t's a tough situation for a young guy, a lot of pressure on him. I thought he did a pretty good job, especially on the defensive end. —Jazz coach Tyrone Corbin
SALT LAKE CITY — Alec Burks is 6-foot-6, almost a foot taller than the average man.
But the 20-year-old started playing hoops long before his growth spurt, a scenario he believes prepared him to help fill point guard voids.
Listed as a shooting guard, Burks also feels at home taking the point.
"I've been there all my life," he said. "I wasn't tall at first, so I had to play point guard, so it came natural to me."
General manager Kevin O'Connor lauded Burks' ballhandling and playmaking capabilities in the preseason when it wasn't certain who the team's third point guard would be.
Because of injuries to starter Devin Harris (strained left hamstring) and backup Earl Watson (sprained left ankle), Burks got his first extended professional point guard opportunity in Thursday's 119-101 loss at Golden State.
A five-point deficit turned into a 14-point disadvantage during a key stretch in the second half with Burks at point and Tinsley resting.
But Jazz coach Tyrone Corbin wasn't critical of his first-year player's effort. Burks finished with seven points, two rebounds, one turnover and no assists in 14 minutes. (Tinsley had 13 assists in 34 minutes during his first Jazz start).
"It's a learning experience for him, but give him credit. … I thought he did good," Corbin said. "It's a tough situation for a young guy, a lot of pressure on him. I thought he did a pretty good job, especially on the defensive end."
Burks gets opportunities to run the point in practices, when the Jazz split into three teams for scrimmages and in three-on-three drills.
Burks also logged time as floor general in his two seasons at Colorado.
"It wasn't nothing new to me," he said. "I think it was the first time (NBA) fans or people saw me play point guard."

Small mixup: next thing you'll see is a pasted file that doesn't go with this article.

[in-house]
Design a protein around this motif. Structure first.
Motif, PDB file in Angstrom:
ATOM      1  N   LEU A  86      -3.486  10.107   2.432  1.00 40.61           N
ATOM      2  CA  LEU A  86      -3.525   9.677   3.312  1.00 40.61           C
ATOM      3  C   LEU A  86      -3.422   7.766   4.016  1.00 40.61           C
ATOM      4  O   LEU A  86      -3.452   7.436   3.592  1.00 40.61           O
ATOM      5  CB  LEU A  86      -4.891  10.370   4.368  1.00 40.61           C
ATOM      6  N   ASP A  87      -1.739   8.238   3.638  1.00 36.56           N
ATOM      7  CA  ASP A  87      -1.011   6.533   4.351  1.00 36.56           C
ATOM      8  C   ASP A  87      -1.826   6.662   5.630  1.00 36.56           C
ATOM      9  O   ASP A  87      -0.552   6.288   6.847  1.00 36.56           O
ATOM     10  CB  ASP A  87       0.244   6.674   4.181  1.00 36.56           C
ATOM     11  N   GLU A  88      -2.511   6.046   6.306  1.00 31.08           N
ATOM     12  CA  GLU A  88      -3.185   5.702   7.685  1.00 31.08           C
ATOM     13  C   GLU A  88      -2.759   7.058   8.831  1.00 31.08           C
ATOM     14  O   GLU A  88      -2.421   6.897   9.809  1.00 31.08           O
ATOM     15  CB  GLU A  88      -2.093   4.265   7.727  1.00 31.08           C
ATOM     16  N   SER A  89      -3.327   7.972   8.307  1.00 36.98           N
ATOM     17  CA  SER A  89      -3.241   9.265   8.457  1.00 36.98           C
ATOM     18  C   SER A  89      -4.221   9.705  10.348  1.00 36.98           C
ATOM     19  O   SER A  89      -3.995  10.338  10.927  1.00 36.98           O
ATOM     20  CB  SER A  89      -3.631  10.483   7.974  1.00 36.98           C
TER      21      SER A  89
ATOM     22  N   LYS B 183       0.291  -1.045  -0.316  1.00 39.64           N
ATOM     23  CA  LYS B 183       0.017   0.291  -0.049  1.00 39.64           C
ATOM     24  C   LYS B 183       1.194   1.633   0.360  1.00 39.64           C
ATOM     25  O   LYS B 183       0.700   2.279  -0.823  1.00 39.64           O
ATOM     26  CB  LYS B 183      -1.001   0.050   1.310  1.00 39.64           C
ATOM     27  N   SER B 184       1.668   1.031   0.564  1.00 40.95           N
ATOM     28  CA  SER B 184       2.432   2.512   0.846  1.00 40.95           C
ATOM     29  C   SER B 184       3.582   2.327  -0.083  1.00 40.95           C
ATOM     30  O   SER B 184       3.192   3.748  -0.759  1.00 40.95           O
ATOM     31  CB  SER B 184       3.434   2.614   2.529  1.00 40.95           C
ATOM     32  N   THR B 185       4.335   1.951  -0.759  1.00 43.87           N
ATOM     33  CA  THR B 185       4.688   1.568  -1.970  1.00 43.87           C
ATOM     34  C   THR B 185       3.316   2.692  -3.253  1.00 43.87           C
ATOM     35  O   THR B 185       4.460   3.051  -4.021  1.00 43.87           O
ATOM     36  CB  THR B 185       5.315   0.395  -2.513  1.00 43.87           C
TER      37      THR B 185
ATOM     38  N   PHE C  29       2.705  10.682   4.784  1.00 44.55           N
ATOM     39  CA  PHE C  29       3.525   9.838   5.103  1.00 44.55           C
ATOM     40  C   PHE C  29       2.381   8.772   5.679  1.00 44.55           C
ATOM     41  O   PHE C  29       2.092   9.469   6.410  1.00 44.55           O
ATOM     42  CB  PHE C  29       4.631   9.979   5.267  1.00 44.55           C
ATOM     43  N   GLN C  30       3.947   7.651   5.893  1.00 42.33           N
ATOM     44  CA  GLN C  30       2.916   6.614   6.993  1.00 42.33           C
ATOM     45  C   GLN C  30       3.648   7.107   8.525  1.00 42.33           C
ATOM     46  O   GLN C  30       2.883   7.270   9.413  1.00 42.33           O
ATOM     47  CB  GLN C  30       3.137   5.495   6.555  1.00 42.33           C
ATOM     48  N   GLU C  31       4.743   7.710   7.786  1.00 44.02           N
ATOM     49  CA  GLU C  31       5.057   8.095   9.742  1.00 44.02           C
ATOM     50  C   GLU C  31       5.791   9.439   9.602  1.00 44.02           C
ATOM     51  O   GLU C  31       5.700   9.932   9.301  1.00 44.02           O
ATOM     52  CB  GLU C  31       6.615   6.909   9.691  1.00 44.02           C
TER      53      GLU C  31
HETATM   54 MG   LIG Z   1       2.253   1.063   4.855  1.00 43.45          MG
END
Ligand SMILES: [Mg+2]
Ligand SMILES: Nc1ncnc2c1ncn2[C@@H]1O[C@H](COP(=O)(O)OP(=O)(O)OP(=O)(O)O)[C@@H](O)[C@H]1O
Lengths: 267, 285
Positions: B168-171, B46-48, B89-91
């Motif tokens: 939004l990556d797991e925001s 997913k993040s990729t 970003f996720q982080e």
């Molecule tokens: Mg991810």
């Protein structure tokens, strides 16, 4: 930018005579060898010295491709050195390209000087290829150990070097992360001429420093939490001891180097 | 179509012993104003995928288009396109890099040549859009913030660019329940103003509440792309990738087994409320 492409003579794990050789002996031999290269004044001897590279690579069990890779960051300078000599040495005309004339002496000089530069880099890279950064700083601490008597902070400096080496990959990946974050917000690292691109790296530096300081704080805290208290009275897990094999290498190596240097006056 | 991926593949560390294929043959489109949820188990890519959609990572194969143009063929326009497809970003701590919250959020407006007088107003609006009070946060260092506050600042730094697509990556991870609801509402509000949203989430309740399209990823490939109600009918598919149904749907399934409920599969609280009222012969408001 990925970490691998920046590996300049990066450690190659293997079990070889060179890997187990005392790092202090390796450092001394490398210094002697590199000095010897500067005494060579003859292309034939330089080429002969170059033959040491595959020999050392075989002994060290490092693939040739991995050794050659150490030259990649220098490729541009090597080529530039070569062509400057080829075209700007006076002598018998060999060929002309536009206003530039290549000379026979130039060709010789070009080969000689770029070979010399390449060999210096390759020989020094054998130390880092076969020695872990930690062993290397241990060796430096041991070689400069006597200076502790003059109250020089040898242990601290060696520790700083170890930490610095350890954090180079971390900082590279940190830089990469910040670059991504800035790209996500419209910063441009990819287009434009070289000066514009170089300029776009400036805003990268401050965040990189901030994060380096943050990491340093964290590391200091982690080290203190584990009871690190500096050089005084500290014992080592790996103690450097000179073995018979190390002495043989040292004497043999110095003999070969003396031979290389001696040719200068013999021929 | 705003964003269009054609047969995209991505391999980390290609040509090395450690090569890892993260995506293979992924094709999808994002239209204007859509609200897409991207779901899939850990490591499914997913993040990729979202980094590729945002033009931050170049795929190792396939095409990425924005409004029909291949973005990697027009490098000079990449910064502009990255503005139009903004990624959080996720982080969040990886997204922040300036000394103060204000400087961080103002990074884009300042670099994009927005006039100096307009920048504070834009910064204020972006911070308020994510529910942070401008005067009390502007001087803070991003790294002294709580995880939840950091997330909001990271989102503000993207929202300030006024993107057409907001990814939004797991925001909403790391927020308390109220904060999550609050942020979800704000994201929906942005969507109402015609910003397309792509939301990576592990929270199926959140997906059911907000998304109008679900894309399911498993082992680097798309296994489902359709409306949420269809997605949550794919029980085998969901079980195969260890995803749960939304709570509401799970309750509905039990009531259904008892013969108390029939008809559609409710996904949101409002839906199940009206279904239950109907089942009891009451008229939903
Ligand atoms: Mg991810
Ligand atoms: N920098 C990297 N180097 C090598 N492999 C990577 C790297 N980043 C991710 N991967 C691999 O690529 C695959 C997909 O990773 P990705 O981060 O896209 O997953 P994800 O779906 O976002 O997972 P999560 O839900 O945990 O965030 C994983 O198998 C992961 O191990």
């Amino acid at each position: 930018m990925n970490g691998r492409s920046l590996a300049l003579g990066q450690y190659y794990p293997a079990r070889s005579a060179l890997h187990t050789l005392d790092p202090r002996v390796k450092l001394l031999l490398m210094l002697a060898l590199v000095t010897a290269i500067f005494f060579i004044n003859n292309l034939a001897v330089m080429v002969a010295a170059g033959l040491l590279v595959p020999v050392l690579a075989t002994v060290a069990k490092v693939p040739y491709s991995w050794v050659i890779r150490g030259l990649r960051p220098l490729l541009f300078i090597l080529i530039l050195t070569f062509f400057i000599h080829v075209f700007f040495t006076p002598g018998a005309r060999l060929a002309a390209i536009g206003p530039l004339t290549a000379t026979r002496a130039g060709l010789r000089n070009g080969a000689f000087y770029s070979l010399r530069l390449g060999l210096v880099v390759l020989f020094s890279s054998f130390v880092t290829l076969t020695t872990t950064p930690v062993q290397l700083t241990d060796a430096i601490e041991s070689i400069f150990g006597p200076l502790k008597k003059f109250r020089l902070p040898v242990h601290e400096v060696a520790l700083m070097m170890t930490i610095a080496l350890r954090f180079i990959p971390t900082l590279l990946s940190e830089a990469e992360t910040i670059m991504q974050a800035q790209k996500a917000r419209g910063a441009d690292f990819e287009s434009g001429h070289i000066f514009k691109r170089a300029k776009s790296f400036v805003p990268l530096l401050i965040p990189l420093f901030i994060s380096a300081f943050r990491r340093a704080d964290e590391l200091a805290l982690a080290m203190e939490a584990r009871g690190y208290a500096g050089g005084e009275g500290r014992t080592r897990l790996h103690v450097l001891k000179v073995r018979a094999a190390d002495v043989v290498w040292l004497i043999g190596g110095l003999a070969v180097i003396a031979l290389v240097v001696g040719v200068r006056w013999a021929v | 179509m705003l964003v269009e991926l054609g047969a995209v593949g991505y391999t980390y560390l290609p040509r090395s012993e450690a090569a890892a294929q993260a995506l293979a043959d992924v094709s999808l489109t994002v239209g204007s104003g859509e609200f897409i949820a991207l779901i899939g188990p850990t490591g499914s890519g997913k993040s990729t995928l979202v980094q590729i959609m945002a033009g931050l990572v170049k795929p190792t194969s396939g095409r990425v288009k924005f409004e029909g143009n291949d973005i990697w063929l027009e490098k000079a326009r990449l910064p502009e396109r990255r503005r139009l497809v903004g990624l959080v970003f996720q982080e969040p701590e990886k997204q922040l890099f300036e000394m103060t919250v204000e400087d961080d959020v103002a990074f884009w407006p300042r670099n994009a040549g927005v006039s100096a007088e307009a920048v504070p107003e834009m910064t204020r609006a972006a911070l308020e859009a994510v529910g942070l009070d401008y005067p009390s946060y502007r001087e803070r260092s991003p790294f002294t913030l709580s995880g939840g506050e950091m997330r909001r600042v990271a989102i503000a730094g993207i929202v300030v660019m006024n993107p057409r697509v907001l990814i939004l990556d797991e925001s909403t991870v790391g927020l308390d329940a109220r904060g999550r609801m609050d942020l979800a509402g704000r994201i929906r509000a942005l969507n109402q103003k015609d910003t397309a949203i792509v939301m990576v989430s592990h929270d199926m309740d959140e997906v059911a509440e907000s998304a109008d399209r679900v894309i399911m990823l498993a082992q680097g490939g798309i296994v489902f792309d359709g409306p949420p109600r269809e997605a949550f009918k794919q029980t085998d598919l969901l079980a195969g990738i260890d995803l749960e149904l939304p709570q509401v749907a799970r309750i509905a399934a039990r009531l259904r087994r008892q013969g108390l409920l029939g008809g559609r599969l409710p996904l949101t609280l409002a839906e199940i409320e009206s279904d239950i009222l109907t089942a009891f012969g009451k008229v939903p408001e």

Burks has averaged 11.2 minutes per game his rookie season, so he'll take what he can get.
"Whatever time I'm getting," he said, "I'm trying to get out there — do my thing, be aggressive."
Heck, if it meant more P.T., he'd even play center if asked.
"I'll do whatever," he said, smiling. "Whatever I've got to do to get on the court."
COMFORT ZONE?: Gordon Hayward has played shooting guard this past week with Raja Bell being out injured. Coincidentally, Hayward has tallied a streak of four-straight double-digit scoring games (16.5 ppg), including a team-high 21 in Oakland.
That has more to do with more scoring opportunities and his shots falling than a position change, though.
"In our system, it's really not that much of a difference (between shooting guard and small forward). It's just a matter of who you're guarding defensively," the 6-8 Hayward said. "There's a couple of plays where you're in a different spot. I'm comfortable with the two and comfortable with the three.. Whatever coach needs me to do."
TV TWEAKS: The Jazz lost one national TV game and gained two others. ESPN dropped the Utah-Phoenix game on March 14, but NBA TV picked up the Jazz's road games in Indiana, the Feb. 7 Hayward homecoming, and in Philadelphia on March 9.
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